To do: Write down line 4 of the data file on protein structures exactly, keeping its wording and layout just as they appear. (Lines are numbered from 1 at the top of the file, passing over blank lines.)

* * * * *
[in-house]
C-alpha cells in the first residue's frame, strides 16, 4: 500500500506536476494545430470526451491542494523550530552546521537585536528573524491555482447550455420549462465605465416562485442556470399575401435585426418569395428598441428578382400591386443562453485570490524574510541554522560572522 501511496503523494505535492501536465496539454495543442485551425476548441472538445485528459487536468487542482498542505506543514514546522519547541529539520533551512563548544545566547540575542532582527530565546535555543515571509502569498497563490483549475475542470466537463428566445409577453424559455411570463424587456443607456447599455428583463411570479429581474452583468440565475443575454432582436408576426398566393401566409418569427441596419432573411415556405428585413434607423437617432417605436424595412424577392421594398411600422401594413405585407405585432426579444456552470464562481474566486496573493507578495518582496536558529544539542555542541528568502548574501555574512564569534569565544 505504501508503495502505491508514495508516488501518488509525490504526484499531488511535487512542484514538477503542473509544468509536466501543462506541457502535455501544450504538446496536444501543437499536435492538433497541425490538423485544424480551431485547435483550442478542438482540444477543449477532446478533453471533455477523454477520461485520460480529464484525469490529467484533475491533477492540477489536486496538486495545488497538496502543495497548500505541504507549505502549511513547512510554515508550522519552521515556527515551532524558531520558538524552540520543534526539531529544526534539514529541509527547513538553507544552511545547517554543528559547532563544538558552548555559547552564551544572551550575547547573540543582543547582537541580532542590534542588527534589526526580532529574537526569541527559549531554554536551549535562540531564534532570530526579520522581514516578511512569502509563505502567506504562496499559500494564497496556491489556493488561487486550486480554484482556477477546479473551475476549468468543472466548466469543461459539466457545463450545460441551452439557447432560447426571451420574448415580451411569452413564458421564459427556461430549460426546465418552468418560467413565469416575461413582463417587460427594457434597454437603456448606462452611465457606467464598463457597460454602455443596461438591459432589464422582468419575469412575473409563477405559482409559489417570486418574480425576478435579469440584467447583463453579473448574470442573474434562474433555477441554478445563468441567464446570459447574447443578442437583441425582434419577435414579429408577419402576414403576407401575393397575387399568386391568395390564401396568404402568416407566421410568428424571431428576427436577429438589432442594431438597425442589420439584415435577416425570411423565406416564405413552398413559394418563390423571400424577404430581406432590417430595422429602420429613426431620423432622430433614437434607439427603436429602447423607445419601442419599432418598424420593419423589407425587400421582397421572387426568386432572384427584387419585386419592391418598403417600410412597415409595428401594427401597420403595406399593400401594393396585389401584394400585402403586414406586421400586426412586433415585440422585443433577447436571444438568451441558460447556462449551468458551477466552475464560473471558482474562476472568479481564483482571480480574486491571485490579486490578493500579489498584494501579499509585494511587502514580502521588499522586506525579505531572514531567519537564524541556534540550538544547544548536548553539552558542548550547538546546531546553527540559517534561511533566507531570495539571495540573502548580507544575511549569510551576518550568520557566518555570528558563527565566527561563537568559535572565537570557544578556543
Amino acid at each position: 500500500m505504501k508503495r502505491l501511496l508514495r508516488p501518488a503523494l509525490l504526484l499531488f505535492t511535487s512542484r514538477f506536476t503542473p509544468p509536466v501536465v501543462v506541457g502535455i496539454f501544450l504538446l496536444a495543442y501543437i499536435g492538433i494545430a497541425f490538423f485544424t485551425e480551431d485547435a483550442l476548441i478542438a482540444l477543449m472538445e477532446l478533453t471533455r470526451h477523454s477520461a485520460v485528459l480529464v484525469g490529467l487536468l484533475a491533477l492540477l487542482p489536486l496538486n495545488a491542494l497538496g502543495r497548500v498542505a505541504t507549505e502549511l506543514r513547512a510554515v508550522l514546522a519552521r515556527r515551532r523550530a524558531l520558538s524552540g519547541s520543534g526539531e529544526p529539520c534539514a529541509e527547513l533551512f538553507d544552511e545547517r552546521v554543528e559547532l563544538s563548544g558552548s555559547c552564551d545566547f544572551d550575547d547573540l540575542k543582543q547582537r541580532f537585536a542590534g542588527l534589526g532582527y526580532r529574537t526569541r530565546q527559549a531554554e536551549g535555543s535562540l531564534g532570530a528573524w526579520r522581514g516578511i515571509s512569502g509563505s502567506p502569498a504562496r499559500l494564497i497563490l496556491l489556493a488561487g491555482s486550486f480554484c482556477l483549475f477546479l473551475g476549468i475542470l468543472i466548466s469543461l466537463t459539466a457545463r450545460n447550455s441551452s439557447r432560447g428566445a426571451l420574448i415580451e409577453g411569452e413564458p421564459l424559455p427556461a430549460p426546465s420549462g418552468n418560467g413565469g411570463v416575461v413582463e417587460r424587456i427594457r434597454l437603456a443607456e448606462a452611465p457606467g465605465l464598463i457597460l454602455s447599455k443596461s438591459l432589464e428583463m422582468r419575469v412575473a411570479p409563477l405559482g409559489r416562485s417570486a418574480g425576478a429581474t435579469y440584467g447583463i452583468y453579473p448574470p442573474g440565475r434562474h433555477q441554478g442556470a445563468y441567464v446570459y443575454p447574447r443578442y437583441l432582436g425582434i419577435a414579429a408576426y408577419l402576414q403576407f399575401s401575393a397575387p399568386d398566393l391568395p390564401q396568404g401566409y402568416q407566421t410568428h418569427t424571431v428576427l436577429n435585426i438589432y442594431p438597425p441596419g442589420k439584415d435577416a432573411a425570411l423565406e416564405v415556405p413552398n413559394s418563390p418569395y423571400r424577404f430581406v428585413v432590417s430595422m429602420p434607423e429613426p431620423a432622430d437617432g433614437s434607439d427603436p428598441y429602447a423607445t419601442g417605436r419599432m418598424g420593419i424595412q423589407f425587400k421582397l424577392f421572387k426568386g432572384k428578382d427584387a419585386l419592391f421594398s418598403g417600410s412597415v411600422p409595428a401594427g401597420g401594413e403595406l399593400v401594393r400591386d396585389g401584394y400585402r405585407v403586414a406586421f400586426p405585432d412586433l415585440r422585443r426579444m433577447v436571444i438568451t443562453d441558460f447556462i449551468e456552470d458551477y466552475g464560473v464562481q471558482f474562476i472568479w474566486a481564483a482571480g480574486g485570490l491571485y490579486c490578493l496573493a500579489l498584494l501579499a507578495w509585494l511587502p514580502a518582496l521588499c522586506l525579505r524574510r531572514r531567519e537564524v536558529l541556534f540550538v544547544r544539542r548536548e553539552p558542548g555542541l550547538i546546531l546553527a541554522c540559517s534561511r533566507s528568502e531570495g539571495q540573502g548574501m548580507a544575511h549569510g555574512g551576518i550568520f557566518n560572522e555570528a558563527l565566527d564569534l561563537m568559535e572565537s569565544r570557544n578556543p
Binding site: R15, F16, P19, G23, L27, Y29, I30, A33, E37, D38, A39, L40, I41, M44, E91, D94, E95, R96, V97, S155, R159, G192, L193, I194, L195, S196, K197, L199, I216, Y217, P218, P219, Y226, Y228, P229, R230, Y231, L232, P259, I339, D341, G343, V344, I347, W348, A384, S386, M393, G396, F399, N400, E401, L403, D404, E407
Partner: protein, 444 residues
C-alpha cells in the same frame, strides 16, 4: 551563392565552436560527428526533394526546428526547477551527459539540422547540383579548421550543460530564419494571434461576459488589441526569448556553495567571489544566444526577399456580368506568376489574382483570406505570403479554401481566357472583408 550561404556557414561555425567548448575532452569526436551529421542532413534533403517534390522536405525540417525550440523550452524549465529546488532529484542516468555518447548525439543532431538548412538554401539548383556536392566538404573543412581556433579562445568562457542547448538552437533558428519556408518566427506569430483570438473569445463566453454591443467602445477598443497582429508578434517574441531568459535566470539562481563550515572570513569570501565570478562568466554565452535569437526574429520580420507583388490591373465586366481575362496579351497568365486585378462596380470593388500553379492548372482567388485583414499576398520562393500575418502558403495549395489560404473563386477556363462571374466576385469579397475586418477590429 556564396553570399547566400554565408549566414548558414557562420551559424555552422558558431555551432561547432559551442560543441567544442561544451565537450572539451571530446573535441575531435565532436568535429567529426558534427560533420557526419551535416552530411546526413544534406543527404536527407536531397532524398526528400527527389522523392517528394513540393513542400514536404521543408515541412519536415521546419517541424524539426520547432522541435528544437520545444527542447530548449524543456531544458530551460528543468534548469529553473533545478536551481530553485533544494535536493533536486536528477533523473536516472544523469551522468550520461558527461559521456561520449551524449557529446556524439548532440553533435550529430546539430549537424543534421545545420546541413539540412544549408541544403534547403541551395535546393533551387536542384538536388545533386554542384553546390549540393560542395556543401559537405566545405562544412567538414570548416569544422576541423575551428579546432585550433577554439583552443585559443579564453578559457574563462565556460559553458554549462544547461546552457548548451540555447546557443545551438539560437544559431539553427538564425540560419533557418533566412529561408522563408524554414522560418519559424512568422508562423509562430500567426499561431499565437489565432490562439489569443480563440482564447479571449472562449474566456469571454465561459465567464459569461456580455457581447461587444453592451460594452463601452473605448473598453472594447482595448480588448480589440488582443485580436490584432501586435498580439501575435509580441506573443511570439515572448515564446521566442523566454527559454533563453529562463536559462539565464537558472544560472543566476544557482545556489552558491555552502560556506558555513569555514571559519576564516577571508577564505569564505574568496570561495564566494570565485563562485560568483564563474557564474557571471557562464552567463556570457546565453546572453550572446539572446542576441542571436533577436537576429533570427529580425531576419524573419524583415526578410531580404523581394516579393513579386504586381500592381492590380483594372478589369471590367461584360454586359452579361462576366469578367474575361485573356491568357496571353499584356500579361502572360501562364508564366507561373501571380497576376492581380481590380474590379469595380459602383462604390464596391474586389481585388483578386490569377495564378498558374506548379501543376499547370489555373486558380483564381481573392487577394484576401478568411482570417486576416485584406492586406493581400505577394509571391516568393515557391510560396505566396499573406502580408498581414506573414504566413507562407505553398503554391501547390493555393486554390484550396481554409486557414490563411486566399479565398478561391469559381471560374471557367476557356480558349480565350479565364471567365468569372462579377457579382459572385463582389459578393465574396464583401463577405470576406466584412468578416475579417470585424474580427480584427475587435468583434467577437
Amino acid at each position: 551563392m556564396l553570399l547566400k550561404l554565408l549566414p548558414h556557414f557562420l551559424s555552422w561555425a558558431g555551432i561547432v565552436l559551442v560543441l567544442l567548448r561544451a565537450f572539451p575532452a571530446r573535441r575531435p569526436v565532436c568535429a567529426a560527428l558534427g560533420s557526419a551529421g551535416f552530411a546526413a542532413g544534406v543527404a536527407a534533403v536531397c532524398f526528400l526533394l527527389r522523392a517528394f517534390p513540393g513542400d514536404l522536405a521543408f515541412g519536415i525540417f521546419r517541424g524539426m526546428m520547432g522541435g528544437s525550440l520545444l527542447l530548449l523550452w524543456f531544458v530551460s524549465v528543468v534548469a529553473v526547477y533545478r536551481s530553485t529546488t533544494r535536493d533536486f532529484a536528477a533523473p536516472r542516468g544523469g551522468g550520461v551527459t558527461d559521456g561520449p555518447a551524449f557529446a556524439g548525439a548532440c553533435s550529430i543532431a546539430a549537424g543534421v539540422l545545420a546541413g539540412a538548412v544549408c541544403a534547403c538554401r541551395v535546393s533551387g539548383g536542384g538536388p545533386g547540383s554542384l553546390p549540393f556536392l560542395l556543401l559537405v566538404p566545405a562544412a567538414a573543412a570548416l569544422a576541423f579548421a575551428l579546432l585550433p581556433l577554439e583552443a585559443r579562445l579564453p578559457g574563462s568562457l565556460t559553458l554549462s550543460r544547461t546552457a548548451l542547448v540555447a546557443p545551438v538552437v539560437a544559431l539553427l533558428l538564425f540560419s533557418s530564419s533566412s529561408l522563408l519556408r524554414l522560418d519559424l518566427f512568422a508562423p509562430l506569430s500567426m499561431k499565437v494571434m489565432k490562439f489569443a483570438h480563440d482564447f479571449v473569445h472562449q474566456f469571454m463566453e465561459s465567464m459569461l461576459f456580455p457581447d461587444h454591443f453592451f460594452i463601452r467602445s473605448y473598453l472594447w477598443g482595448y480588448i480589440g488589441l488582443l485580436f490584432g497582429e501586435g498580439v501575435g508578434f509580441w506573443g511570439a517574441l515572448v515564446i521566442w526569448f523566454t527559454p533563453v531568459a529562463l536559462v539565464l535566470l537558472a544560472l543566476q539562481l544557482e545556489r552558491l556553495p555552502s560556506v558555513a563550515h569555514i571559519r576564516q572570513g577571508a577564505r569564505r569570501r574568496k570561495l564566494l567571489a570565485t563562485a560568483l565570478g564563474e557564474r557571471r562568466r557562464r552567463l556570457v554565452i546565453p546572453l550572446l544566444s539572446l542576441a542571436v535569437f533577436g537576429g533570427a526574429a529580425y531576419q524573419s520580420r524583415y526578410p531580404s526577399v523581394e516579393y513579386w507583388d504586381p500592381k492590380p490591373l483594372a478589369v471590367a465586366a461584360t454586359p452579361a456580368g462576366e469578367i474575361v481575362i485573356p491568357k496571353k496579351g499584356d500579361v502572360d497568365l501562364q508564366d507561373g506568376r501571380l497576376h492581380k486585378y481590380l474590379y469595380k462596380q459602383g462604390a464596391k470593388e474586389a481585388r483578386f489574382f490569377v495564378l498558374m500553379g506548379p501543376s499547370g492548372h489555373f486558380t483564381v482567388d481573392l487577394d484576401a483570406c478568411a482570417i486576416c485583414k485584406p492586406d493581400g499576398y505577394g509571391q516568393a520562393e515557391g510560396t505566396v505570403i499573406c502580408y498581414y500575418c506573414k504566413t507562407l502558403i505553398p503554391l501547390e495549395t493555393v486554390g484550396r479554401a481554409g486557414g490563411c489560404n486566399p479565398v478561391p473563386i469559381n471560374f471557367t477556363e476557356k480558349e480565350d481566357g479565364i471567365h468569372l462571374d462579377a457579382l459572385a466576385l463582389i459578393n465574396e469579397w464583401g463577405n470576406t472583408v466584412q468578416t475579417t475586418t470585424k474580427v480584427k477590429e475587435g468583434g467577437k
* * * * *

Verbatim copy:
Binding site: R15, F16, P19, G23, L27, Y29, I30, A33, E37, D38, A39, L40, I41, M44, E91, D94, E95, R96, V97, S155, R159, G192, L193, I194, L195, S196, K197, L199, I216, Y217, P218, P219, Y226, Y228, P229, R230, Y231, L232, P259, I339, D341, G343, V344, I347, W348, A384, S386, M393, G396, F399, N400, E401, L403, D404, E407